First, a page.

Two weeks ago, John Murphy learned he was going to get to see Pope Francis address a joint meeting of Congress. When he first heard that Pope Francis was coming to America, Murphy wanted to be there in person. He was interested in the pontiff's message because of his work with the Mayo Clinic Values Council, which promotes Mayo Clinic values and perpetuates the Franciscan legacy on its Saint Marys campus, and also as part of his personal values journey. So he expressed his interest to the council, and then the Diocese of Winona. And then he waited.
The answer came after some time and "out of the blue," when he was contacted by Minnesota Sen. Amy Klobuchar's office, with an invitation to attend the address as part of her delegation representing Mayo Clinic. (The diocese, it seemed, had passed along his request.) And the question of where does one stay when there's no room in the inns was soon answered by the Assumption Parrish in Anacostia, which invited Murphy to be a guest in the rectory. (There's a story behind how that came about and what it meant to him.)
"It was just wonderful," Murphy tells us of Pope Francis' address. "It was inspiring." The crowd, he said, was a "beautiful composite" of America. And he was struck by the pope's message of "shared social responsibility." One of the biggest cheers, Murphy says, came when Pope Francis talked about the importance of being guided by the Golden Rule. Murphy, always the Mayo Clinic ambassador, talked to others about why he was there and asked about their impressions. A nurse told him, "My vocation is to care for people as St. Francis cared for people." Another said she was there because Pope Francis is "the Pope of hope." And when she learned Murphy worked at Mayo Clinic, she noted that, "Mayo Clinic is hope for so many people," adding, "We need hope."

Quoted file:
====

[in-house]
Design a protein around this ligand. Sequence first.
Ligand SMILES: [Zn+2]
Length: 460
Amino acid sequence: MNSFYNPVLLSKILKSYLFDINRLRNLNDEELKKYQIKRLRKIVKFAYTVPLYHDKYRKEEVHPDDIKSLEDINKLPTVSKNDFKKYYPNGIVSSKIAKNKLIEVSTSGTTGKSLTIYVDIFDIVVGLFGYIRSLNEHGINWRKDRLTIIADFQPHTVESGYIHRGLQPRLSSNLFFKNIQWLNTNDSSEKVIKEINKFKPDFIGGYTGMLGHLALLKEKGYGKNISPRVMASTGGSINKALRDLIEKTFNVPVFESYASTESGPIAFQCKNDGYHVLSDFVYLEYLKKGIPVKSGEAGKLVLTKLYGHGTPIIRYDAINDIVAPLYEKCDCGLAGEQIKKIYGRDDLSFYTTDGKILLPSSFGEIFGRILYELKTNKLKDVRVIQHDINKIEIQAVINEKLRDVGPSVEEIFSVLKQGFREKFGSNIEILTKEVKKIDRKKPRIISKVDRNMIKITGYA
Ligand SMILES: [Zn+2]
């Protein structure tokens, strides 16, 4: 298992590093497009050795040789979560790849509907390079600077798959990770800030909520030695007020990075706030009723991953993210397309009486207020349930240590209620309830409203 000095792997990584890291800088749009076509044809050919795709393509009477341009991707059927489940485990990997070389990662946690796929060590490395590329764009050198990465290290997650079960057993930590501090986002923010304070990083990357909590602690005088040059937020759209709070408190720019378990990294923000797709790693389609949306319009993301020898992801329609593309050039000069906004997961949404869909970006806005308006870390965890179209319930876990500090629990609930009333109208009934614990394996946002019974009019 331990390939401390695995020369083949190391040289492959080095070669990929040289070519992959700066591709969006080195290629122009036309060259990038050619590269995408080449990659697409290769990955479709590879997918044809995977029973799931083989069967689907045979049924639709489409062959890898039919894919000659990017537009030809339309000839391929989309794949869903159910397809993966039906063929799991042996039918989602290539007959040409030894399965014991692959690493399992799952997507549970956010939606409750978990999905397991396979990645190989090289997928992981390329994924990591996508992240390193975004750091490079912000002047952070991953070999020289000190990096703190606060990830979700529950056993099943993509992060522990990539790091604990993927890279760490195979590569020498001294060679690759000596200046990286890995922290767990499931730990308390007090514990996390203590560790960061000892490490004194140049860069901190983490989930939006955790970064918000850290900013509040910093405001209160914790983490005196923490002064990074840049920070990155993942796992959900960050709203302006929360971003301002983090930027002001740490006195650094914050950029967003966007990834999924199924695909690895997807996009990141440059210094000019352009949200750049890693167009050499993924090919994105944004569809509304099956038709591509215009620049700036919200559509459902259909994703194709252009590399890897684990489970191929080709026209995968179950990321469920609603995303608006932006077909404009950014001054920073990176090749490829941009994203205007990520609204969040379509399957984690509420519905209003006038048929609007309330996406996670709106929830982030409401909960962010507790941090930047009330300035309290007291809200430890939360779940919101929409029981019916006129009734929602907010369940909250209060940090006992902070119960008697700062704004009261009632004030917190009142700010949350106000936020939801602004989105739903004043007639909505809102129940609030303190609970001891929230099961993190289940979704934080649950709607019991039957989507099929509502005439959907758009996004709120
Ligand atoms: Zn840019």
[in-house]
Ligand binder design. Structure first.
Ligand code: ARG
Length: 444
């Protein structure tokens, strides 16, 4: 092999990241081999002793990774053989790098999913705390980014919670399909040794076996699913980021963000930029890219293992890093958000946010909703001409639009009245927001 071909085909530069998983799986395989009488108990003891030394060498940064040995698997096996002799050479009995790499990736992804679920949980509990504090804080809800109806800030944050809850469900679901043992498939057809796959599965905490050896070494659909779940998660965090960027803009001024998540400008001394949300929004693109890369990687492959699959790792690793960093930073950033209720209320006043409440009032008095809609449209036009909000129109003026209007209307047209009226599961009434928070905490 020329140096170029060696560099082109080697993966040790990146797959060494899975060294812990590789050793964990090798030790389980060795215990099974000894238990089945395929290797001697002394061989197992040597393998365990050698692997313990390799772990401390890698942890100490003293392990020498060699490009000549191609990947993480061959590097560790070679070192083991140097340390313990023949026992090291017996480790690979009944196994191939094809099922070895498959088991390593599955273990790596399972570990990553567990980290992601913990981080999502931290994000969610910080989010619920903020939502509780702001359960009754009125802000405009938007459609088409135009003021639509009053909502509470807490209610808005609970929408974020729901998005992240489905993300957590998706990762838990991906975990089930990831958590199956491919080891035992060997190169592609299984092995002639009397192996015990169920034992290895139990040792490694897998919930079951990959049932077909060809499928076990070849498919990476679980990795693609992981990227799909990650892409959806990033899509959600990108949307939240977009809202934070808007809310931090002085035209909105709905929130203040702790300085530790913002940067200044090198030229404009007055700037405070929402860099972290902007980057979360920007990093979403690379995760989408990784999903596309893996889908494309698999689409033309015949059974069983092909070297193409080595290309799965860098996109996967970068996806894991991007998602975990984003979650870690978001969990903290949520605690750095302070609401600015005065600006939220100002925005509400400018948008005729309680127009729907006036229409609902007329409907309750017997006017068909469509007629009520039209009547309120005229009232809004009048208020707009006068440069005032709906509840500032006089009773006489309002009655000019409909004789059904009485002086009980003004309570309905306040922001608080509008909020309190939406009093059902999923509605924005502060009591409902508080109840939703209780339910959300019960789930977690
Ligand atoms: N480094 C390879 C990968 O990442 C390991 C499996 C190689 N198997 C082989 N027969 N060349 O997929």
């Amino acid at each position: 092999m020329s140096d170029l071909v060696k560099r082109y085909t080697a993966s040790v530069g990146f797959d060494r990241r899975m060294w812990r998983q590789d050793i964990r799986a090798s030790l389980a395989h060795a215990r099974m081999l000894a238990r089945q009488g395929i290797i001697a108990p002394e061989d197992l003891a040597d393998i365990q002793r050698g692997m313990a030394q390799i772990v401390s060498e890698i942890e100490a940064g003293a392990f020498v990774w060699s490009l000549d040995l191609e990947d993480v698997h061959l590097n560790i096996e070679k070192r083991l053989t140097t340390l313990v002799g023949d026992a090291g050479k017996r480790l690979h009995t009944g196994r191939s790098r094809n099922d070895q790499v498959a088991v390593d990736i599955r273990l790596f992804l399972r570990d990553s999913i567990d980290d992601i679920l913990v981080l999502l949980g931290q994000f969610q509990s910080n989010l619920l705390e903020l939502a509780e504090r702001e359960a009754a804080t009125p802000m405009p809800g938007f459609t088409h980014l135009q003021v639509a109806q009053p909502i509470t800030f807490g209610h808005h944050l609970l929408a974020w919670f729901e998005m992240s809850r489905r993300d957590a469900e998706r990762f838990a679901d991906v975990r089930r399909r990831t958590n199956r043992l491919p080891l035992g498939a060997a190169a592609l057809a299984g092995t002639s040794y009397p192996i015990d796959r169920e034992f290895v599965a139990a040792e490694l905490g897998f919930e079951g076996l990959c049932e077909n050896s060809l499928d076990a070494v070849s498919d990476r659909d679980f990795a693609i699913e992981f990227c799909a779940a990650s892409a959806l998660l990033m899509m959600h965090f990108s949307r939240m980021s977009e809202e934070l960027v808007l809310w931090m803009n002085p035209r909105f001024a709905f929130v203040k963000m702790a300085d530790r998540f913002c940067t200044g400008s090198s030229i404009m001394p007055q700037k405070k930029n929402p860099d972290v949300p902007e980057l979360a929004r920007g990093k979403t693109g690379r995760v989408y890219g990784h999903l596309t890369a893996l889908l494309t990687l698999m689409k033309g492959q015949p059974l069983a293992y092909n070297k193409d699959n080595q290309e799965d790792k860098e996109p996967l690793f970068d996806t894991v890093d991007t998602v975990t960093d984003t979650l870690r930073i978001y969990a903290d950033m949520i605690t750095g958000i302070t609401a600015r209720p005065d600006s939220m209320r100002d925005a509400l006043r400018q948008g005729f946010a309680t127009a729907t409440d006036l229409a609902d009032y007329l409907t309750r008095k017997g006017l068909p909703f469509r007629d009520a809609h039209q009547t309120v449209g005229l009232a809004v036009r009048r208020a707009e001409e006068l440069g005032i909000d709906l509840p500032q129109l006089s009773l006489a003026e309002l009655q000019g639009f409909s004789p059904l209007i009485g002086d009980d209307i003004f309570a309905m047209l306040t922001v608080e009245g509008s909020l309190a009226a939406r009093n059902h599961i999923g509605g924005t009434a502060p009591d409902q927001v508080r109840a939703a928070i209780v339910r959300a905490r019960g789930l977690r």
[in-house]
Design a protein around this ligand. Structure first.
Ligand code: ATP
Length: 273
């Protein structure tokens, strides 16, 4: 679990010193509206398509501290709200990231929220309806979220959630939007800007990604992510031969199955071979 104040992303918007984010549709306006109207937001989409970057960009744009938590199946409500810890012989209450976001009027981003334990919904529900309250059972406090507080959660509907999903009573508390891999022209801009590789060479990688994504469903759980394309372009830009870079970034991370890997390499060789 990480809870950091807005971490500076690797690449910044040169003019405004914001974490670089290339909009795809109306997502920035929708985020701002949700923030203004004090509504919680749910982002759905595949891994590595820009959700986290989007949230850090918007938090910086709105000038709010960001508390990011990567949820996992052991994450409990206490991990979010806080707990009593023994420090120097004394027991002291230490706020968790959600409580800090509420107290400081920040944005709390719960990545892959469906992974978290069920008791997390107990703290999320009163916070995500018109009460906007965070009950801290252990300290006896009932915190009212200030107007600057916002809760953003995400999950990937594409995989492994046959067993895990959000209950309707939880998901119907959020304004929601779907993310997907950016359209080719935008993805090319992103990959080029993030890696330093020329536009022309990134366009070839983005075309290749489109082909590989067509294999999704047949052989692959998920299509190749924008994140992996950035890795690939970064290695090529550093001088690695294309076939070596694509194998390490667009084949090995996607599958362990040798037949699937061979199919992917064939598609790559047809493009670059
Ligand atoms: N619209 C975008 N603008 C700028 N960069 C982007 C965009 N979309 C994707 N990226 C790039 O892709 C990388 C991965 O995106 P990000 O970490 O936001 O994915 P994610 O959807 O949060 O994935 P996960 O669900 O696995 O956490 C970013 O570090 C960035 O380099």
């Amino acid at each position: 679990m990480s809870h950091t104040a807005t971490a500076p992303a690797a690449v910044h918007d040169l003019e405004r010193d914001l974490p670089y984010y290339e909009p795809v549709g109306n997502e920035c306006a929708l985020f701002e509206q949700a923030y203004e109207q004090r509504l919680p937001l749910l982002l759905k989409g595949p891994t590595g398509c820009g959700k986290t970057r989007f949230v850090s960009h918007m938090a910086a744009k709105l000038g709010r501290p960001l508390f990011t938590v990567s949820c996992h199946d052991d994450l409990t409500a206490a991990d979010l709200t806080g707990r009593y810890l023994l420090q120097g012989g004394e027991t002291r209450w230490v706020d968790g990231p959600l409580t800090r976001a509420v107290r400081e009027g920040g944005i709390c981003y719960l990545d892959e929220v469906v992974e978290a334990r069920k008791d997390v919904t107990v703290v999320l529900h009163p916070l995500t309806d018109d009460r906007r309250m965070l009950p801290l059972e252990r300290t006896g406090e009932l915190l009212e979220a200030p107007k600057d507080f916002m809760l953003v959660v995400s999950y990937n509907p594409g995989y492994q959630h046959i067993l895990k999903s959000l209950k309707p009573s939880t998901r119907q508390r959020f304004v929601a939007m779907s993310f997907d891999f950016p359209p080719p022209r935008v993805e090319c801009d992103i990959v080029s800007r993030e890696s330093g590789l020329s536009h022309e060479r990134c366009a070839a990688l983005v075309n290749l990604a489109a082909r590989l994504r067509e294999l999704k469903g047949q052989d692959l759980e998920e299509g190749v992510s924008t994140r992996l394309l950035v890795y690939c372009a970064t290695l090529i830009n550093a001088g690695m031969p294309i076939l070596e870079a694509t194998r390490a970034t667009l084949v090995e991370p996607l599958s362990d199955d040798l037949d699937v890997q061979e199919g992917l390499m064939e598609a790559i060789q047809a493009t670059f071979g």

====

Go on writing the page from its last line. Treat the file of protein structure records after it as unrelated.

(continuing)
The comments made clear the connection to Mayo Clinic values, Murphy says. (Values like respect, compassion, integrity, teamwork and healing.) "Our strength is in our values," he says. Particularly, the value of helping others. "Good life is inspired by the value of helping others," Murphy says. And the Pope's message – "do unto others as you would have them do unto you" – isn't just a religious message, he says. Back at Mayo, Murphy plans to incorporate some of what he heard and observed into a presentation on servant leadership and what it means to be a leader at Mayo Clinic. He and others will use the presentation to "spread the good news of Mayo values" throughout the organization.
Murphy was sent off to see Pope Francis with a special blessing from the Sisters of Saint Francis. They also sent along some items that had been blessed by the Pope. John would have given up his spot in the crowd to them in a heartbeat, and he got choked up when he said that instead, the Sisters told him, "You be our voice." (We'll go ahead and speak for everyone when we thank him for that.)
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